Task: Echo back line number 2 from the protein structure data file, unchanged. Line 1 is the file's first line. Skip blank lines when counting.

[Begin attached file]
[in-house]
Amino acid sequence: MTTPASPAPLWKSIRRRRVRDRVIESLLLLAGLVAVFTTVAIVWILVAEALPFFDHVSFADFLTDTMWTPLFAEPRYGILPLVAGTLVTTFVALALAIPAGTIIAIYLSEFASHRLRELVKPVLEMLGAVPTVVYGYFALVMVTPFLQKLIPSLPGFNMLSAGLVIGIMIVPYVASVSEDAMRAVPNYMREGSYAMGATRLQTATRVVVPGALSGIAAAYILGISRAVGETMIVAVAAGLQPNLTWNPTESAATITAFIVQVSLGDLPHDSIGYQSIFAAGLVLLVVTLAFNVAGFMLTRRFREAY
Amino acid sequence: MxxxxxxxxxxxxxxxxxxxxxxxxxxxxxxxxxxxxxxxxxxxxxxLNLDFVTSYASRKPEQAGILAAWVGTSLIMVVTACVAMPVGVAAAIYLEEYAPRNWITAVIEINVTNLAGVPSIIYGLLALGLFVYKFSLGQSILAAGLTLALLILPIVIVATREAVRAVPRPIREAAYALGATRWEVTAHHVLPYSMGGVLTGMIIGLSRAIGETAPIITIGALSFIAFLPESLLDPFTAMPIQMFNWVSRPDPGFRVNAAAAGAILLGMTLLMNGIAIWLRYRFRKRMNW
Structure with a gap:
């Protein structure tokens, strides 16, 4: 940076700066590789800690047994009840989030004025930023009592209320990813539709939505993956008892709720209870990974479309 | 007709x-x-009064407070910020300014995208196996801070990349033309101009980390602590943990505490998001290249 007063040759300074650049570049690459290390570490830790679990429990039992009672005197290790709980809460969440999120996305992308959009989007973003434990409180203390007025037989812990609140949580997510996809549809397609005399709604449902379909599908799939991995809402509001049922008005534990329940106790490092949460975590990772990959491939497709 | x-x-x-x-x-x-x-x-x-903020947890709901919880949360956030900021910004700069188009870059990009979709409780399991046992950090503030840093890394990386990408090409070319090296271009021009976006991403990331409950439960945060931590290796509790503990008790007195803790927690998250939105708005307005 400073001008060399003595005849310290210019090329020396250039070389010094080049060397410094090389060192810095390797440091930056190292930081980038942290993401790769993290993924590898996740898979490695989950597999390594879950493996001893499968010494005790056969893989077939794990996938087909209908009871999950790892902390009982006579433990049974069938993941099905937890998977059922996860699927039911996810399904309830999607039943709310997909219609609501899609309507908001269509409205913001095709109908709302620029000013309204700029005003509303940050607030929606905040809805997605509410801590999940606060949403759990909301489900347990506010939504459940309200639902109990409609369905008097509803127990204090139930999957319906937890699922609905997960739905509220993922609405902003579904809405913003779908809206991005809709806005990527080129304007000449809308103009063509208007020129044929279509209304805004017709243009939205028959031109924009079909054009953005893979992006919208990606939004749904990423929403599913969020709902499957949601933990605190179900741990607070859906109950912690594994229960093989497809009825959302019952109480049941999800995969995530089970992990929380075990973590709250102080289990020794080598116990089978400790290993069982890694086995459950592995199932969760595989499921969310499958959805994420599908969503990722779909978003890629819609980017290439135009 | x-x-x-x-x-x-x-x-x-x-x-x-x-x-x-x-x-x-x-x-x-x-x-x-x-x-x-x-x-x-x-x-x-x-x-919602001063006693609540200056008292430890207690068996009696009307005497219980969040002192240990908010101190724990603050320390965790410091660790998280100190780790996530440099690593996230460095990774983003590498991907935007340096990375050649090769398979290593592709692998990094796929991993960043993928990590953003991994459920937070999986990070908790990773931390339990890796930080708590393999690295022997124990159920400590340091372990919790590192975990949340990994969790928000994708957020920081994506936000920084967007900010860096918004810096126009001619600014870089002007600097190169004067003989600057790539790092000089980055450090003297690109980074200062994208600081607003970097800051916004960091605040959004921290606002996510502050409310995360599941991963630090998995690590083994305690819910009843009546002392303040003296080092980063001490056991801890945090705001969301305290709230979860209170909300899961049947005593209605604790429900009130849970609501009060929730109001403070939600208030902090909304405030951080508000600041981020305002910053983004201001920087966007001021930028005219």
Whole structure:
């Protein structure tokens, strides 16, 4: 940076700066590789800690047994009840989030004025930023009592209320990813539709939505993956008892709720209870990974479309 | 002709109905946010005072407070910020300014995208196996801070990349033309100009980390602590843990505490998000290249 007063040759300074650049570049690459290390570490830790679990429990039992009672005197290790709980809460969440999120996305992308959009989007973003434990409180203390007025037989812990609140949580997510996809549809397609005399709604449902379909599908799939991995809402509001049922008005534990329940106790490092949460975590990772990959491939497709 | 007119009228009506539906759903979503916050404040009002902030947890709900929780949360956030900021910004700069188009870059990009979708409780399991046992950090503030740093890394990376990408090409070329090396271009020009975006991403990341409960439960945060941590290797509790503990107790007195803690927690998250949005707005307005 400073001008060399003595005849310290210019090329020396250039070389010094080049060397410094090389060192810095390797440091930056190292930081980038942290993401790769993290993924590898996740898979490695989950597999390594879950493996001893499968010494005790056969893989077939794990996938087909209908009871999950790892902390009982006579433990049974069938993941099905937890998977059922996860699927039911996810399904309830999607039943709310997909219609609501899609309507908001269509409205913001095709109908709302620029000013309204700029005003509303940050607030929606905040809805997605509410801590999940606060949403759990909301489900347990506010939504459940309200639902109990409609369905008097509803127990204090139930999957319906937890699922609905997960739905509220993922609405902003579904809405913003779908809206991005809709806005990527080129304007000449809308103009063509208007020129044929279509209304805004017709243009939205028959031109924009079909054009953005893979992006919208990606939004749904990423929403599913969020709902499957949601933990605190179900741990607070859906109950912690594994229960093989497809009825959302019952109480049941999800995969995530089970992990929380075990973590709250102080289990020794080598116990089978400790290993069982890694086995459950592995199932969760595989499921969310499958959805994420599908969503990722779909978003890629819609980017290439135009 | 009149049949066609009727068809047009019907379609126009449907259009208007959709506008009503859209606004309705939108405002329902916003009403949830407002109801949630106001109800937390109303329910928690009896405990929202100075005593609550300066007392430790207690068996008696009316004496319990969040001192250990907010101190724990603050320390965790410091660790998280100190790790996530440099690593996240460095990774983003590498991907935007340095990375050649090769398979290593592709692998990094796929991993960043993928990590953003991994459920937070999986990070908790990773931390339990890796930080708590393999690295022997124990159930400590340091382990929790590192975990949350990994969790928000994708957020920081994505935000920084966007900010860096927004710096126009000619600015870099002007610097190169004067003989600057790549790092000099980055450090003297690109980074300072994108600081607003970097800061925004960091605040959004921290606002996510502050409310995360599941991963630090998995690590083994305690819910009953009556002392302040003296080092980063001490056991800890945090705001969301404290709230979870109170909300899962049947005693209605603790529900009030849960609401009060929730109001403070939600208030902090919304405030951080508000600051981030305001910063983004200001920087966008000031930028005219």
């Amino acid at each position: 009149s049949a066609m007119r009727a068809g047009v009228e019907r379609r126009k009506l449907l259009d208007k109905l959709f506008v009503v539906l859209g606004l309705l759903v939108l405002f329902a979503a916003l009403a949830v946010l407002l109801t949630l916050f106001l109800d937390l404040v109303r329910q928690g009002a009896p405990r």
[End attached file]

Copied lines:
Amino acid sequence: MTTPASPAPLWKSIRRRRVRDRVIESLLLLAGLVAVFTTVAIVWILVAEALPFFDHVSFADFLTDTMWTPLFAEPRYGILPLVAGTLVTTFVALALAIPAGTIIAIYLSEFASHRLRELVKPVLEMLGAVPTVVYGYFALVMVTPFLQKLIPSLPGFNMLSAGLVIGIMIVPYVASVSEDAMRAVPNYMREGSYAMGATRLQTATRVVVPGALSGIAAAYILGISRAVGETMIVAVAAGLQPNLTWNPTESAATITAFIVQVSLGDLPHDSIGYQSIFAAGLVLLVVTLAFNVAGFMLTRRFREAY